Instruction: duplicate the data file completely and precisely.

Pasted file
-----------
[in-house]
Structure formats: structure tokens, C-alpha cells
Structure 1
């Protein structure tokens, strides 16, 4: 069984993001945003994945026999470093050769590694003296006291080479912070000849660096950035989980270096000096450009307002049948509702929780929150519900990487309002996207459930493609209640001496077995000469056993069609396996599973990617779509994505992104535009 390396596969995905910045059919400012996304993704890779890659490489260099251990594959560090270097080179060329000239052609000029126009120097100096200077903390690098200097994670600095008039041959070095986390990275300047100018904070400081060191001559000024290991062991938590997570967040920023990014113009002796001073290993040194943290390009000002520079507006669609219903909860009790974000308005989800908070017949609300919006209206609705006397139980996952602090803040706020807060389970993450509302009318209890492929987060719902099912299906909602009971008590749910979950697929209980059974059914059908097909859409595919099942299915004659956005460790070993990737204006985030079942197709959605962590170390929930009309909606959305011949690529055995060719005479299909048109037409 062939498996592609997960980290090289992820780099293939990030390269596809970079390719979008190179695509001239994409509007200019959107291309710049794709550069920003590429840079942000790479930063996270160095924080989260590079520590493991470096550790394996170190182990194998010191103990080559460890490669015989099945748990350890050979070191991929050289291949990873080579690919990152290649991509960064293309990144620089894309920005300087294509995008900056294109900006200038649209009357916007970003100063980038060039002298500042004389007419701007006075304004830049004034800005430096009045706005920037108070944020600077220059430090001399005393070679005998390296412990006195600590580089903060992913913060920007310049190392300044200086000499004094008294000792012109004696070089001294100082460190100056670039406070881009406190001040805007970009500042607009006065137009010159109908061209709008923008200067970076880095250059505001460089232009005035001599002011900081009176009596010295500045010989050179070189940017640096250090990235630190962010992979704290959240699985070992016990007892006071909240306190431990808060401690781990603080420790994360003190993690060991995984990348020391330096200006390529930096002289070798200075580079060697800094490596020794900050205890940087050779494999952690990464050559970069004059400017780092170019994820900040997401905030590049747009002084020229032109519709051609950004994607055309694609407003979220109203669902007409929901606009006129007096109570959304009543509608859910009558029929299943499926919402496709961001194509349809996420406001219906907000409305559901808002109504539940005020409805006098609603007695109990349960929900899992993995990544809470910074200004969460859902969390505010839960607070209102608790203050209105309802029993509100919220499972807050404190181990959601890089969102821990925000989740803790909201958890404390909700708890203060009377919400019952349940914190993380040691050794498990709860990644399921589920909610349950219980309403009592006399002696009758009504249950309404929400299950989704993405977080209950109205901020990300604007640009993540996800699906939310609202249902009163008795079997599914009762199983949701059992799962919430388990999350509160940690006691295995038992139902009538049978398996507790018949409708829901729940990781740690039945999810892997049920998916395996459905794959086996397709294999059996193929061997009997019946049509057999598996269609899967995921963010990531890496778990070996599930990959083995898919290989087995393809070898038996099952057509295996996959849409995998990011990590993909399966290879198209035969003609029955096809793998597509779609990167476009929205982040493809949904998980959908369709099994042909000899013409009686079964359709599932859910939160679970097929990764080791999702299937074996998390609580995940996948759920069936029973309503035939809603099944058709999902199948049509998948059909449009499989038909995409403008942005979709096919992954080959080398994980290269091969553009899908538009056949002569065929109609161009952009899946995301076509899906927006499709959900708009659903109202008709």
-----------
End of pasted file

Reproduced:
[in-house]
Structure formats: structure tokens, C-alpha cells
Structure 1
């Protein structure tokens, strides 16, 4: 069984993001945003994945026999470093050769590694003296006291080479912070000849660096950035989980270096000096450009307002049948509702929780929150519900990487309002996207459930493609209640001496077995000469056993069609396996599973990617779509994505992104535009 390396596969995905910045059919400012996304993704890779890659490489260099251990594959560090270097080179060329000239052609000029126009120097100096200077903390690098200097994670600095008039041959070095986390990275300047100018904070400081060191001559000024290991062991938590997570967040920023990014113009002796001073290993040194943290390009000002520079507006669609219903909860009790974000308005989800908070017949609300919006209206609705006397139980996952602090803040706020807060389970993450509302009318209890492929987060719902099912299906909602009971008590749910979950697929209980059974059914059908097909859409595919099942299915004659956005460790070993990737204006985030079942197709959605962590170390929930009309909606959305011949690529055995060719005479299909048109037409 062939498996592609997960980290090289992820780099293939990030390269596809970079390719979008190179695509001239994409509007200019959107291309710049794709550069920003590429840079942000790479930063996270160095924080989260590079520590493991470096550790394996170190182990194998010191103990080559460890490669015989099945748990350890050979070191991929050289291949990873080579690919990152290649991509960064293309990144620089894309920005300087294509995008900056294109900006200038649209009357916007970003100063980038060039002298500042004389007419701007006075304004830049004034800005430096009045706005920037108070944020600077220059430090001399005393070679005998390296412990006195600590580089903060992913913060920007310049190392300044200086000499004094008294000792012109004696070089001294100082460190100056670039406070881009406190001040805007970009500042607009006065137009010159109908061209709008923008200067970076880095250059505001460089232009005035001599002011900081009176009596010295500045010989050179070189940017640096250090990235630190962010992979704290959240699985070992016990007892006071909240306190431990808060401690781990603080420790994360003190993690060991995984990348020391330096200006390529930096002289070798200075580079060697800094490596020794900050205890940087050779494999952690990464050559970069004059400017780092170019994820900040997401905030590049747009002084020229032109519709051609950004994607055309694609407003979220109203669902007409929901606009006129007096109570959304009543509608859910009558029929299943499926919402496709961001194509349809996420406001219906907000409305559901808002109504539940005020409805006098609603007695109990349960929900899992993995990544809470910074200004969460859902969390505010839960607070209102608790203050209105309802029993509100919220499972807050404190181990959601890089969102821990925000989740803790909201958890404390909700708890203060009377919400019952349940914190993380040691050794498990709860990644399921589920909610349950219980309403009592006399002696009758009504249950309404929400299950989704993405977080209950109205901020990300604007640009993540996800699906939310609202249902009163008795079997599914009762199983949701059992799962919430388990999350509160940690006691295995038992139902009538049978398996507790018949409708829901729940990781740690039945999810892997049920998916395996459905794959086996397709294999059996193929061997009997019946049509057999598996269609899967995921963010990531890496778990070996599930990959083995898919290989087995393809070898038996099952057509295996996959849409995998990011990590993909399966290879198209035969003609029955096809793998597509779609990167476009929205982040493809949904998980959908369709099994042909000899013409009686079964359709599932859910939160679970097929990764080791999702299937074996998390609580995940996948759920069936029973309503035939809603099944058709999902199948049509998948059909449009499989038909995409403008942005979709096919992954080959080398994980290269091969553009899908538009056949002569065929109609161009952009899946995301076509899906927006499709959900708009659903109202008709």